• There are specific strategies we can implement to help learners escape the recursive spiral of the liminal state they experience while managing complex digital projects: One of the most challenging aspects of teaching digital tools is forgetting what it is like to be a novice learner. Sometimes being a near-novice oneself helps you better prepare for the basic problems and frustrations learners are facing. But recognizing liminality is a reminder to you as a teacher that the learning process is not smooth, and it requires anticipating common difficulties and regularly checking in with learners to make sure you are not leaving them behind. When meeting with learners one-on-one, make sure to use your in-depth reference interview skills to engage in methods discussions. When a learner is in the liminal state, they are not always able to “see the forest for the trees.” Your directed questions will illuminate the problems they are having and the solutions they had not seen. Pay close attention to the digital humanities work and discussions happening on your own campus, as well as across the academic community. Working through the liminal space may require helping learners make connections to others facing similar problems. Also follow online discussions in order to point your learners to a wide variety of group learning opportunities, such as the active digital humanities community on Slack.9 When designing instructional opportunities, such as workshops and hackathons, pay particular attention to outreach strategies that may bring like-minded learners together, as well as diverse voices. For example, invite the scholar whose project was completed last year to add a more experienced voice to the conversation. By encouraging the formation of learning communities on your campus, you are creating safe spaces to help learners navigate the liminal state with others who may be on the other side of struggling with specific digital project issues. In designing instructional activities, guide learners through visualization exercises that help to identify “stuck” places. Making graphic representations of one’s thoughts (e.g., concept maps) can highlight areas that require clarification.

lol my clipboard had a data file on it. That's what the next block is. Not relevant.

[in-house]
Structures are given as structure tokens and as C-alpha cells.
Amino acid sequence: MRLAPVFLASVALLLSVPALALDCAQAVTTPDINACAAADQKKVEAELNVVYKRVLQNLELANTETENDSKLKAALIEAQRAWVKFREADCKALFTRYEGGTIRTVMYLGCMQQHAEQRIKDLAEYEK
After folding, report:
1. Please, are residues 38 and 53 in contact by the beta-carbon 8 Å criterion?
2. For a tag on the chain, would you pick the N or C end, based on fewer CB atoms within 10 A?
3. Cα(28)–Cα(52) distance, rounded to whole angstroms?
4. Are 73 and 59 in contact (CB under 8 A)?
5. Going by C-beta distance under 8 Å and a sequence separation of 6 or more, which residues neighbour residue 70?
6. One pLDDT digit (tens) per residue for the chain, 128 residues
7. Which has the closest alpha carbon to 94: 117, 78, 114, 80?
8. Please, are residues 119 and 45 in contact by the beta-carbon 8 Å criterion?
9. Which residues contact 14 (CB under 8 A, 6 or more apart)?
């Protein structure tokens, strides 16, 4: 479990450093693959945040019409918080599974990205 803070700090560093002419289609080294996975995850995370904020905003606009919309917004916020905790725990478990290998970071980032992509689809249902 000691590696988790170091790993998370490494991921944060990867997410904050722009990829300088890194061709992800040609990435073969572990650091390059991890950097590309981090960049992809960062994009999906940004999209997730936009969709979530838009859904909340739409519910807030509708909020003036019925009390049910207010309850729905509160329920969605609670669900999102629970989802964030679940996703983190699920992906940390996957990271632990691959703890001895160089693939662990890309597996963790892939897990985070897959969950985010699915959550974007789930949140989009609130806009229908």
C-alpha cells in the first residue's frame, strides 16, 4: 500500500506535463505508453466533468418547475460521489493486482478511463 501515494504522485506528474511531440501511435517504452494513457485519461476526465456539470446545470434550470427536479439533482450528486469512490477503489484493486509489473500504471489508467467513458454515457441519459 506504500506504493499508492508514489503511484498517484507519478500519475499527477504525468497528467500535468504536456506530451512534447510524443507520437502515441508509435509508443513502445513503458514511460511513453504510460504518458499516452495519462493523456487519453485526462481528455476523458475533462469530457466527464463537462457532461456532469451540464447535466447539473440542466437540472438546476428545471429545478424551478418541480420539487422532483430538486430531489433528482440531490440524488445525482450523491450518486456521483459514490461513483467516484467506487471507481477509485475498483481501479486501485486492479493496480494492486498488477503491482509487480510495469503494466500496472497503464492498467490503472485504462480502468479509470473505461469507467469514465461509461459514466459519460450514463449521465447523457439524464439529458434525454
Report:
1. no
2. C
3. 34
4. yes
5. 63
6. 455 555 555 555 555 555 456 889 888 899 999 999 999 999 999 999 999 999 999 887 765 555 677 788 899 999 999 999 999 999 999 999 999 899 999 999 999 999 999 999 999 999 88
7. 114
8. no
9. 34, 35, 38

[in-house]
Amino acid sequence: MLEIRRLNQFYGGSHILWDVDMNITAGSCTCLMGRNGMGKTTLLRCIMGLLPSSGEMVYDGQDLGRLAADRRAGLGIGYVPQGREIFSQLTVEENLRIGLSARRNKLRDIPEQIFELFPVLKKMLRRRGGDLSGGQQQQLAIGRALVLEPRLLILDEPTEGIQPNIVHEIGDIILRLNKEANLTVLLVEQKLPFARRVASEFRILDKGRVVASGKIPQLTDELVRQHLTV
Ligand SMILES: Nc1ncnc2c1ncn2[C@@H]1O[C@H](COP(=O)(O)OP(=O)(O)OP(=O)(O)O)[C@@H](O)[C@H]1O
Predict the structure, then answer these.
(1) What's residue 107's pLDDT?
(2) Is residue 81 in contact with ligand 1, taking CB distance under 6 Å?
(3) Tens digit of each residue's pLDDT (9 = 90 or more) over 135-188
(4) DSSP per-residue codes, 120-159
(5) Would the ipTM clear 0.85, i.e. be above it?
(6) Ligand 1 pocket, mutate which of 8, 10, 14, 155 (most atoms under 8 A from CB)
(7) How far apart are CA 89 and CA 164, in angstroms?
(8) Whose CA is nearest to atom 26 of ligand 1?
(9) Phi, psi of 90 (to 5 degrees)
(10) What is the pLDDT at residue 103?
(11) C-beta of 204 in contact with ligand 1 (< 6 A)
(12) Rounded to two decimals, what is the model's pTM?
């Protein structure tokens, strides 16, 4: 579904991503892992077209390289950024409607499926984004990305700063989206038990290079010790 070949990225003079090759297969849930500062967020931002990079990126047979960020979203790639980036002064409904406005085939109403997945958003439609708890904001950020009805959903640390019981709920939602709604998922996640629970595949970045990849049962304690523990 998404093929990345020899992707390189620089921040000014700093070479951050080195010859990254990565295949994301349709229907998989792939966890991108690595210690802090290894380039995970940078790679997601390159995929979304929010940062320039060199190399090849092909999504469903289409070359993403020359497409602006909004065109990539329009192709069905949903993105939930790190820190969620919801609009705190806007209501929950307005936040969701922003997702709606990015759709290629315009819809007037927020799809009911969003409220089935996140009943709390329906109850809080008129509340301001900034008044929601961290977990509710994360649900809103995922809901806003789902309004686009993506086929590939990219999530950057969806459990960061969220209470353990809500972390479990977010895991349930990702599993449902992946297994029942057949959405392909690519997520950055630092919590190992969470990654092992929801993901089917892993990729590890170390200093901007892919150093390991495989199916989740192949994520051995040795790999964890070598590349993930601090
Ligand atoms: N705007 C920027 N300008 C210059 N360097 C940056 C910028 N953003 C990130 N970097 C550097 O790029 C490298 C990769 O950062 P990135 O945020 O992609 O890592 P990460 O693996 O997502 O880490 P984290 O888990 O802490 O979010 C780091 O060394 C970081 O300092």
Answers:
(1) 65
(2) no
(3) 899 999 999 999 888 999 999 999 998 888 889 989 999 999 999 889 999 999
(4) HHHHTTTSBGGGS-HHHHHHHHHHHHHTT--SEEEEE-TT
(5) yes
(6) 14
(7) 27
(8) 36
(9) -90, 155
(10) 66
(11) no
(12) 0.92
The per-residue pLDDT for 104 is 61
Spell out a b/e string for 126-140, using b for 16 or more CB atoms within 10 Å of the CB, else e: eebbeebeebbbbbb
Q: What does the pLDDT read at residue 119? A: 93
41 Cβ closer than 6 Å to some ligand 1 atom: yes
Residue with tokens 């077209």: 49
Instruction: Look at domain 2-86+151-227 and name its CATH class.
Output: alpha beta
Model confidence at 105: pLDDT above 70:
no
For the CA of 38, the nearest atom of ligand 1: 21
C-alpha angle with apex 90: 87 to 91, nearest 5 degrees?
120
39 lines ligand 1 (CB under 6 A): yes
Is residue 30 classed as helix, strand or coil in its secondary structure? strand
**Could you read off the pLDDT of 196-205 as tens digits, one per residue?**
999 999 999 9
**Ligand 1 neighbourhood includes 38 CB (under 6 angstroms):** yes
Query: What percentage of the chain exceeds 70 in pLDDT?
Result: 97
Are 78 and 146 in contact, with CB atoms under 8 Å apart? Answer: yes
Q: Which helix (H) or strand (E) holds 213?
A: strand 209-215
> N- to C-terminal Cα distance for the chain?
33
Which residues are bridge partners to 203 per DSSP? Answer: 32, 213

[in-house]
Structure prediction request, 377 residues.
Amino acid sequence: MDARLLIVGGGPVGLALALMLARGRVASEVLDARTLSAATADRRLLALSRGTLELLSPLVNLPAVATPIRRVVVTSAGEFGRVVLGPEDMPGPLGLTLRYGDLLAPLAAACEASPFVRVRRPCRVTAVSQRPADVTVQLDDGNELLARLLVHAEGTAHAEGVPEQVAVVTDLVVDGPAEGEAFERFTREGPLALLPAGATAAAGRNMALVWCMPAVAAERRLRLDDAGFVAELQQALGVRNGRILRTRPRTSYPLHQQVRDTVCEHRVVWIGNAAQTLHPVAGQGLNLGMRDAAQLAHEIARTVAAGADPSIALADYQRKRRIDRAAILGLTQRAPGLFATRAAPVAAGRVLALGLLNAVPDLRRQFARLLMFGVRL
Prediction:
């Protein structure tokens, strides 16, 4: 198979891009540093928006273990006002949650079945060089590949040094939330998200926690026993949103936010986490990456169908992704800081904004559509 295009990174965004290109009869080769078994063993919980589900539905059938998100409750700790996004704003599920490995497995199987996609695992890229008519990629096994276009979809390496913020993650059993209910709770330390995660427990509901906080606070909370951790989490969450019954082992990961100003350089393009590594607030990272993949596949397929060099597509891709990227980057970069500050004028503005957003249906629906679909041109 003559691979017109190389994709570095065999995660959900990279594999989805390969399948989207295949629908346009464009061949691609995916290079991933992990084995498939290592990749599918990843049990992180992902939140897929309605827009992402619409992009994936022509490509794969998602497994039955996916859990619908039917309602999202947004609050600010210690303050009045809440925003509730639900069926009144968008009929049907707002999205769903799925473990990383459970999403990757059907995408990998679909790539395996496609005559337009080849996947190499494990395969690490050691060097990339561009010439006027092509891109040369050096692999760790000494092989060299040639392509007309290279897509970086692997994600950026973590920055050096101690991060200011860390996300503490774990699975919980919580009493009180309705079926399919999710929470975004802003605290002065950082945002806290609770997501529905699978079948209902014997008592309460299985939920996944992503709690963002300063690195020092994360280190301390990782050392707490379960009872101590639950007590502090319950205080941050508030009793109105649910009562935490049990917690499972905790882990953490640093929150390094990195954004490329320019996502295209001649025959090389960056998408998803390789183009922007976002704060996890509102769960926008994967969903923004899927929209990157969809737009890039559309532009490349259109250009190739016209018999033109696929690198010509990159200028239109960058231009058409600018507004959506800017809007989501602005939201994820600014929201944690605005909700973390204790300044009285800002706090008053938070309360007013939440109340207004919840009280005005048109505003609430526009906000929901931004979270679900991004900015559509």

Todd Suomela

The Internet as existential threat « Raph's Website - 1 views